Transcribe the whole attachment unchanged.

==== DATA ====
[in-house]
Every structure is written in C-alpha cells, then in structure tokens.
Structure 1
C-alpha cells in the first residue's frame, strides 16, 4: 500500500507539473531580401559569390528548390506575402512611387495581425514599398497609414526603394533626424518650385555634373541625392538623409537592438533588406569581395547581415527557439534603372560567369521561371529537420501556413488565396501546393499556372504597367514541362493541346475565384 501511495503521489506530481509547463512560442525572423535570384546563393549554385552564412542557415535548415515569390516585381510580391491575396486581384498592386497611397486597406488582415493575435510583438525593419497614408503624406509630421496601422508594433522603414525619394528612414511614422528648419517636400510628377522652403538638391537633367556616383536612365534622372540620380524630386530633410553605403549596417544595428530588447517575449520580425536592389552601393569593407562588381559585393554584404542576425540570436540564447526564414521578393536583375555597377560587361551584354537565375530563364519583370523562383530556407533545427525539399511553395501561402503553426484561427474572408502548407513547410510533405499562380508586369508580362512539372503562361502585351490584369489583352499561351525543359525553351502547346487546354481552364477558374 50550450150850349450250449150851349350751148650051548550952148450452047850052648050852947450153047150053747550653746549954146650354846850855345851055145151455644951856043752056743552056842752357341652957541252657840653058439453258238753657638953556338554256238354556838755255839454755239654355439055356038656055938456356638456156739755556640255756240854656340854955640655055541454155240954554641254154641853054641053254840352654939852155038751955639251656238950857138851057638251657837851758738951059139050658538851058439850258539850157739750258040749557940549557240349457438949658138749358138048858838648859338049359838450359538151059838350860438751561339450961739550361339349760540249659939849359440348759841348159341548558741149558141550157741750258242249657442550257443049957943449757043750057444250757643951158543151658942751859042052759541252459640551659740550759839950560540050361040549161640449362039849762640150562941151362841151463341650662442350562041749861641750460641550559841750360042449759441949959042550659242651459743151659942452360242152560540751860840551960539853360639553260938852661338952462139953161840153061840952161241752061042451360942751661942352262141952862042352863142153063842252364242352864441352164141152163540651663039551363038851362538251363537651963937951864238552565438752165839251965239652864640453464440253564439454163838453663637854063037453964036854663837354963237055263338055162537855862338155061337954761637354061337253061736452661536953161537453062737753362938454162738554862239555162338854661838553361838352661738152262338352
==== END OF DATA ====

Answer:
[in-house]
Every structure is written in C-alpha cells, then in structure tokens.
Structure 1
C-alpha cells in the first residue's frame, strides 16, 4: 500500500507539473531580401559569390528548390506575402512611387495581425514599398497609414526603394533626424518650385555634373541625392538623409537592438533588406569581395547581415527557439534603372560567369521561371529537420501556413488565396501546393499556372504597367514541362493541346475565384 501511495503521489506530481509547463512560442525572423535570384546563393549554385552564412542557415535548415515569390516585381510580391491575396486581384498592386497611397486597406488582415493575435510583438525593419497614408503624406509630421496601422508594433522603414525619394528612414511614422528648419517636400510628377522652403538638391537633367556616383536612365534622372540620380524630386530633410553605403549596417544595428530588447517575449520580425536592389552601393569593407562588381559585393554584404542576425540570436540564447526564414521578393536583375555597377560587361551584354537565375530563364519583370523562383530556407533545427525539399511553395501561402503553426484561427474572408502548407513547410510533405499562380508586369508580362512539372503562361502585351490584369489583352499561351525543359525553351502547346487546354481552364477558374 50550450150850349450250449150851349350751148650051548550952148450452047850052648050852947450153047150053747550653746549954146650354846850855345851055145151455644951856043752056743552056842752357341652957541252657840653058439453258238753657638953556338554256238354556838755255839454755239654355439055356038656055938456356638456156739755556640255756240854656340854955640655055541454155240954554641254154641853054641053254840352654939852155038751955639251656238950857138851057638251657837851758738951059139050658538851058439850258539850157739750258040749557940549557240349457438949658138749358138048858838648859338049359838450359538151059838350860438751561339450961739550361339349760540249659939849359440348759841348159341548558741149558141550157741750258242249657442550257443049957943449757043750057444250757643951158543151658942751859042052759541252459640551659740550759839950560540050361040549161640449362039849762640150562941151362841151463341650662442350562041749861641750460641550559841750360042449759441949959042550659242651459743151659942452360242152560540751860840551960539853360639553260938852661338952462139953161840153061840952161241752061042451360942751661942352262141952862042352863142153063842252364242352864441352164141152163540651663039551363038851362538251363537651963937951864238552565438752165839251965239652864640453464440253564439454163838453663637854063037453964036854663837354963237055263338055162537855862338155061337954761637354061337253061736452661536953161537453062737753362938454162738554862239555162338854661838553361838352661738152262338352